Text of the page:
It appears we scare them

Is it that we have so many people or that they don;t want to hear the truth? Whatever, they keep running from us,

Is it that we have so many people or that they don;t want to hear the truth? Whatever it is, they keep running from us.

We in the Moral Monday Movement had planned to walk through the General Assembly Building Monday afternoon and deliver letters to legislators asking them to reconsider the harmful laws they passed last year.

They knew we were coming, so they locked all the doors. Members of the House were in the building, but they didn’t want any contact with us, so we marched around the building.

Rev. William Barber said he saw legislators in the building and waved to them, but he got no response.

So the 100 or so people carrying letters asking the members of the legislature to expand Medicaid, force Duke Energy to clean up its coal ash mess and stop fracking tucked the letters into the door handles. We walked up the hill to the state house, but the governor wasn’t there, so 11 brave souls sat down to wait for him. After a couple hours, they were handcuffed, given citations and released.

Look, I’m not a fan of theatrics, but we need to show the people of this state that their elected representatives are unresponsive to the people.

I have tried repeatedly to meet with several leaders, but because I’m not in their districts, they dismiss my requests. Tim Moffitt, my representative, is the only Republican who will meet with me. I can’t sway him even a tiny bit, but at least he doesn’t run away when he sees me coming.

We in the Moral Mondays crowd only ask that leaders meet with us to discuss issues, and they have refused. They have run away from us, locked us up and locked us out. They have called us names and said insulting things about us.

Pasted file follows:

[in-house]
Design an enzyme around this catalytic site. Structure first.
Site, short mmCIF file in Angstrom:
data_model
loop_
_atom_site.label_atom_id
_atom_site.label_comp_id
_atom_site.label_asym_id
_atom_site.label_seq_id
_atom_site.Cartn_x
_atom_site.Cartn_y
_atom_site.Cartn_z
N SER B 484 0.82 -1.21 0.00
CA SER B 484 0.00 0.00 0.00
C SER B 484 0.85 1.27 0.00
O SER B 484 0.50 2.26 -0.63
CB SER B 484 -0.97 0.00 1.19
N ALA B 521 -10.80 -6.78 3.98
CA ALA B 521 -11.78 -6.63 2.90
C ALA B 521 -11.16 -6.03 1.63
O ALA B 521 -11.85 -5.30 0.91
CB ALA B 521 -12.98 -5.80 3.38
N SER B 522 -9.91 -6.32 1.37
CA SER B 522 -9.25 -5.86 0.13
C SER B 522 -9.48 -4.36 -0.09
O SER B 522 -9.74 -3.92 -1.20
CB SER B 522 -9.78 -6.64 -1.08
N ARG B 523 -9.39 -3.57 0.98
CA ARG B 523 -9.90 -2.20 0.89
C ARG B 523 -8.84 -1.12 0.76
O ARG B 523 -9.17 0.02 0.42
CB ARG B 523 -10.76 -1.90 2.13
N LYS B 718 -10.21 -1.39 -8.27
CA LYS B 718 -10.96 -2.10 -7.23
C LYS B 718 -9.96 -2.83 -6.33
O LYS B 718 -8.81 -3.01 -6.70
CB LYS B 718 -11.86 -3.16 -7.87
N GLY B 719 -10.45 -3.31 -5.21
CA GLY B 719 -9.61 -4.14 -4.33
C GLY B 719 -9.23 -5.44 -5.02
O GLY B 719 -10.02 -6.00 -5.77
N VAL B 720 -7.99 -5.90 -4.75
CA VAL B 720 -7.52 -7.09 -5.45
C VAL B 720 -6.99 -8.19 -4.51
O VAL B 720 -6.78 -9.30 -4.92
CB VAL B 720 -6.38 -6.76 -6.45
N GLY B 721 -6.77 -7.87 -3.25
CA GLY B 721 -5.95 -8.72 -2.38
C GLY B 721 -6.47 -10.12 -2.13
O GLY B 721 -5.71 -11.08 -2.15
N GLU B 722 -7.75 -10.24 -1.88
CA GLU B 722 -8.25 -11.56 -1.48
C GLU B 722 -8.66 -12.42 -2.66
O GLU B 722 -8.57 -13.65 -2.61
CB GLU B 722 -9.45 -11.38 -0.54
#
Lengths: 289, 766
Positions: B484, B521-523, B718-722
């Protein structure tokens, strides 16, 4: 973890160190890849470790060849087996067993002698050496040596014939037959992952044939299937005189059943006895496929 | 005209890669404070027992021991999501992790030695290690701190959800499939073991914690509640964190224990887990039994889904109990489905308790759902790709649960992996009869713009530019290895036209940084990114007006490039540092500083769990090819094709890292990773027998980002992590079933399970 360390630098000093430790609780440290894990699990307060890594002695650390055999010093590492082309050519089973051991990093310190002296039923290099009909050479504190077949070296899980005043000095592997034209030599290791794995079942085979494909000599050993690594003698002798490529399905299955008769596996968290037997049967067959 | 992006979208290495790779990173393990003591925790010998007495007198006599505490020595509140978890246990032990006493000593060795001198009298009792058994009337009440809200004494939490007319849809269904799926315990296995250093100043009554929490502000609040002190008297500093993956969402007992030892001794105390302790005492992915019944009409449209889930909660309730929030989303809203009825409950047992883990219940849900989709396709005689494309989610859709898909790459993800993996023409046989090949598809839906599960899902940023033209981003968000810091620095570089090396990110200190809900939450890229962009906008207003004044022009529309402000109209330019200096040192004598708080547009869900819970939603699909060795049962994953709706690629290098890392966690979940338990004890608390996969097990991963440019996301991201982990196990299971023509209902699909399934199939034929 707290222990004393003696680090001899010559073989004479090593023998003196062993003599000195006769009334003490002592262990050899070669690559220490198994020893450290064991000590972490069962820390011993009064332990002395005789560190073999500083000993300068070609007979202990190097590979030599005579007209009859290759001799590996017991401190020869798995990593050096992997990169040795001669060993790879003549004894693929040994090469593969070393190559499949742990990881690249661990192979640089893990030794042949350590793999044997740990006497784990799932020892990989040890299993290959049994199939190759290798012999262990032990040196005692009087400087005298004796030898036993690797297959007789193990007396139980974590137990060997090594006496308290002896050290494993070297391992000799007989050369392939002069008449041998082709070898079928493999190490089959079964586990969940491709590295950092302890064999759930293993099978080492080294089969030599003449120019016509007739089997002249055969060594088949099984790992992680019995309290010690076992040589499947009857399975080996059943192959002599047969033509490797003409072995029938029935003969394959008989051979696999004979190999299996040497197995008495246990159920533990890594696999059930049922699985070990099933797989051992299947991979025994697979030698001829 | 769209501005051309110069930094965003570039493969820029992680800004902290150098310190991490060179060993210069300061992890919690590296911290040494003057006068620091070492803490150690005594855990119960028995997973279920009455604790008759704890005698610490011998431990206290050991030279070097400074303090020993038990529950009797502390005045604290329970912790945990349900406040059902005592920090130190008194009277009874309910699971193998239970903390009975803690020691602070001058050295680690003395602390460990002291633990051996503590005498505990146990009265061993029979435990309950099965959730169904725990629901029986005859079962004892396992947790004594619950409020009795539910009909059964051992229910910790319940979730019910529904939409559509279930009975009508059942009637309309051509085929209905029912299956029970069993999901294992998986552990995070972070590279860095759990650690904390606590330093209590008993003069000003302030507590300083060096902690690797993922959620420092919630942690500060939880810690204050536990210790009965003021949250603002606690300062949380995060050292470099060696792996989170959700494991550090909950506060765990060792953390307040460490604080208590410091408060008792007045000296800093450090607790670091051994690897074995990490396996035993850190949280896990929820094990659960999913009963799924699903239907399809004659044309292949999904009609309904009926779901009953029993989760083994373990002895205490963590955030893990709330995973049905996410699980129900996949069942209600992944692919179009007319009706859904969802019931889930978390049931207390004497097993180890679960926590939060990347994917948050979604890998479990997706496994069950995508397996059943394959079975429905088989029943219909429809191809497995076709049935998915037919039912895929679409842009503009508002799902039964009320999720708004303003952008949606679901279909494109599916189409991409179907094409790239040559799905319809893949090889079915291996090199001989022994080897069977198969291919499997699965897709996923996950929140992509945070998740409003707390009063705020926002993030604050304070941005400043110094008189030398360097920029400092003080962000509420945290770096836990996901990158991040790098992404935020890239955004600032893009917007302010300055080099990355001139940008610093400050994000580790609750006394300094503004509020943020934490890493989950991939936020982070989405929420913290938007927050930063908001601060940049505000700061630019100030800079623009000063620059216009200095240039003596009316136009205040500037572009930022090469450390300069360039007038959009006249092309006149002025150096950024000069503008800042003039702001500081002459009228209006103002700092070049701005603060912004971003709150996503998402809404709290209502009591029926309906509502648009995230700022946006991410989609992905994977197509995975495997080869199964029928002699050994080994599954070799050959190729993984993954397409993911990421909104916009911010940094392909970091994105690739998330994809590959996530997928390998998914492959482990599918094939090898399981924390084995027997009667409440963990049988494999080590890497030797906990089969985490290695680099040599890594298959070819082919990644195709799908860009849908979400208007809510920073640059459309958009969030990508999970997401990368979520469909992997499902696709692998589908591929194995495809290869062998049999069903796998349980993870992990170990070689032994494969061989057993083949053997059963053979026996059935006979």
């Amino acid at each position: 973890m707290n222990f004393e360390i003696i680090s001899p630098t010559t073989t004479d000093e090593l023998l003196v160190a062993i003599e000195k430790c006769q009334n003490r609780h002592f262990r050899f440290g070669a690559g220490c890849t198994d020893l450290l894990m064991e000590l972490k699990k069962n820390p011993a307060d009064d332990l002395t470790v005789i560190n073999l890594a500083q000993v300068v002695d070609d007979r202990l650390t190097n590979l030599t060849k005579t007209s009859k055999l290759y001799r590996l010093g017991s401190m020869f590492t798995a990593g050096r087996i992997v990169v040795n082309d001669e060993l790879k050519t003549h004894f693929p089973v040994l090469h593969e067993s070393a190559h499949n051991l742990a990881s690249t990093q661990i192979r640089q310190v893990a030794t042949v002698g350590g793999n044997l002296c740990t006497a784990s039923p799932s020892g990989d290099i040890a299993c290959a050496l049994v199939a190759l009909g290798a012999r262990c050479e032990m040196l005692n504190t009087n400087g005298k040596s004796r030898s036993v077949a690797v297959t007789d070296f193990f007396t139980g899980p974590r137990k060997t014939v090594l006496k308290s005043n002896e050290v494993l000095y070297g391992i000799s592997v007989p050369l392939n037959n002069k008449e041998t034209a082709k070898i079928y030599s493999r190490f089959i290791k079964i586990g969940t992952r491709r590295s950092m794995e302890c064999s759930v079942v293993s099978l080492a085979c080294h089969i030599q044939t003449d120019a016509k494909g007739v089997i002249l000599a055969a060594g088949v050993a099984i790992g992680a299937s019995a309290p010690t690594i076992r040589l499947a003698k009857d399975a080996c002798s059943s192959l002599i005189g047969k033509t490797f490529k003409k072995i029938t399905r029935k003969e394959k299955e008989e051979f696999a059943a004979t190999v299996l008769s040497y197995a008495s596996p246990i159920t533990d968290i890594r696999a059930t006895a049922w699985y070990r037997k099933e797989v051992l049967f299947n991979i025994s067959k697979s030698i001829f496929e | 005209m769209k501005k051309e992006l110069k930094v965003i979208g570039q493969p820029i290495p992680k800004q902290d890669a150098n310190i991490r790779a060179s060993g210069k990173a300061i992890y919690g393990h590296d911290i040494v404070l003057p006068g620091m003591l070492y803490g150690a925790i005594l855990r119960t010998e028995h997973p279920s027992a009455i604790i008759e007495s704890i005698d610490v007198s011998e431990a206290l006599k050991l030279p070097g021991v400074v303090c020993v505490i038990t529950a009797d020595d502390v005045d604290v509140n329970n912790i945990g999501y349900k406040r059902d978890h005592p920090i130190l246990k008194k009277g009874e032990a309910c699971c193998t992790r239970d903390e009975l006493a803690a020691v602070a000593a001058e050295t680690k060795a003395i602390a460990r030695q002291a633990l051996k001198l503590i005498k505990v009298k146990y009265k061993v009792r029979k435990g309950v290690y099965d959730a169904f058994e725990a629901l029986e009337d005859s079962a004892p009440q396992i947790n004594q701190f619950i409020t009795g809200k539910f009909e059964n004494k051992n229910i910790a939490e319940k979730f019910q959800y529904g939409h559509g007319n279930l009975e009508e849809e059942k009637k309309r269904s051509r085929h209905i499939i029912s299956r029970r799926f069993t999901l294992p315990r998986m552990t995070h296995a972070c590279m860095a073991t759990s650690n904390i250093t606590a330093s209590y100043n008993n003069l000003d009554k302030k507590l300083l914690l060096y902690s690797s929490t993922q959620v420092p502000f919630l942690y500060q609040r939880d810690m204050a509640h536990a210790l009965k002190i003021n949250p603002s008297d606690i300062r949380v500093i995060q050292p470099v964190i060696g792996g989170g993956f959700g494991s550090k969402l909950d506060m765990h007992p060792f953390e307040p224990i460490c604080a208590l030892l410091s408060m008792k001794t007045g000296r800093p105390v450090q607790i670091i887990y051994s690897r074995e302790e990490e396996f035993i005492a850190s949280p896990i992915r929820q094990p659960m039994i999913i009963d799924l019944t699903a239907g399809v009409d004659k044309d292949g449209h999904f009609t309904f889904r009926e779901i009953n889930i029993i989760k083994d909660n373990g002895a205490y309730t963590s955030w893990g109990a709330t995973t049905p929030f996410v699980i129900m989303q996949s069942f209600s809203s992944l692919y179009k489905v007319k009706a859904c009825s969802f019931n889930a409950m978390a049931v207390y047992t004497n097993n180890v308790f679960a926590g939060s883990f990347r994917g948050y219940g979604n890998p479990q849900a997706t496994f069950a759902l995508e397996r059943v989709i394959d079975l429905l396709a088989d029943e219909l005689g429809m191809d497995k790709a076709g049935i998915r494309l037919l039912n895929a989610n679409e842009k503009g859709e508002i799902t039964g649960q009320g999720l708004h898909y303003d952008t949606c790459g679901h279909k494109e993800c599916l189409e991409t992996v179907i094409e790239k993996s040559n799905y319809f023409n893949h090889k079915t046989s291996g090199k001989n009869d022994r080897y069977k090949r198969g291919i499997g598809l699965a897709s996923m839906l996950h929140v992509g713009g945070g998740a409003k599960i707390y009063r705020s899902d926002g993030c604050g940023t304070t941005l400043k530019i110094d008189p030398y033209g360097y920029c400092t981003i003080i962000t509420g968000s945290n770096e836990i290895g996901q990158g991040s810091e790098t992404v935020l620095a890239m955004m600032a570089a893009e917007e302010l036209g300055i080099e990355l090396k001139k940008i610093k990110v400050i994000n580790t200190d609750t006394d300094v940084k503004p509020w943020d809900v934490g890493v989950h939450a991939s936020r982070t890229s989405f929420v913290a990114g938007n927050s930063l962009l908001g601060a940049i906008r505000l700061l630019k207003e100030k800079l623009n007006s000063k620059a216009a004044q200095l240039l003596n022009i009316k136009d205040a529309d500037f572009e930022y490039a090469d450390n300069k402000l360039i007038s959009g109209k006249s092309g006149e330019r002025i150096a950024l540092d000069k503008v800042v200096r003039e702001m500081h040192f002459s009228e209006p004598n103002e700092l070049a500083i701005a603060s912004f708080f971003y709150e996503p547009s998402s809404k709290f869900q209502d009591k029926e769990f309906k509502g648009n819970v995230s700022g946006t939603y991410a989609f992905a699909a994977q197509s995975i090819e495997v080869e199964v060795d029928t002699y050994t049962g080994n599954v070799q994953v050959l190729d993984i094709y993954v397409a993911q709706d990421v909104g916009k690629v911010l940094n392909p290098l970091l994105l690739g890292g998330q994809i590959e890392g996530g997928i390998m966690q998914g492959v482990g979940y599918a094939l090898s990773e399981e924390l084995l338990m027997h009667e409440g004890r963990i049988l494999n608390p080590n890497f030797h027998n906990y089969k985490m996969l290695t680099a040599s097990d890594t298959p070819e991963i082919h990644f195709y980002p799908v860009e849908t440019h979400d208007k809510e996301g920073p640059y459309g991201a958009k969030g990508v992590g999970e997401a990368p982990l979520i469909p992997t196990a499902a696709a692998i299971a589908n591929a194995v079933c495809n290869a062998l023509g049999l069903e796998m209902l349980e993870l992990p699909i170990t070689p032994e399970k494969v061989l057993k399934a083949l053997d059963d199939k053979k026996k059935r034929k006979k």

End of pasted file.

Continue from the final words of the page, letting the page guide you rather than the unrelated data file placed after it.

We are not going to back down.

After we were locked out of the GA Building, and after the 11 were released, we marched around the state house seven times — our symbolic Jericho.

A couple hundred of us were back on Wednesday to talk to legislators about Medicaid Expansion.

My first stop was Tim Moffitt, who, as usual, welcomed me into his office. We always are civil, even though we disagree. He said he thought the liberals were being hypocritical by demonstrating now, since we didn’t do this while Democrats were in power.

I explained to him that HKonJ has been demonstrating on Jones Street for years — long before 2010 — but the Democrats were willing to meet with us and talk to us. Sometimes, we even managed to move them to action. So far, Speaker Thom Tillis has refused to talk to us and has in fact, run away from us. The governor won’t met with us. So far, all he has done is offer us cookies, as though we’re a bunch of preschoolers who don’t understand the issues.

If we could meet with these leaders, we certainly wouldn’t go to these lengths.

I don’t give a damn what party these people belong to; they have politicized things that should have nothing to do with politics.

This movement isn’t about right versus left; it’s about right versus wrong.

It’s wrong to deny access to health care for 500,000 people and to let some 2,400 of them die each year. It’s wrong to disenfranchise voters as the new law does. It’s wrong to cut Medicaid, to cut food stamps and unemployment. It’s wrong to allow big energy giants to poison our water, land and air.

Still, they lock us out, lock us up and run from us when we try to speak to them. They mock us, but there is fear in their voices and in their eyes.

We stand for economic and social justice and we will not back down.

 

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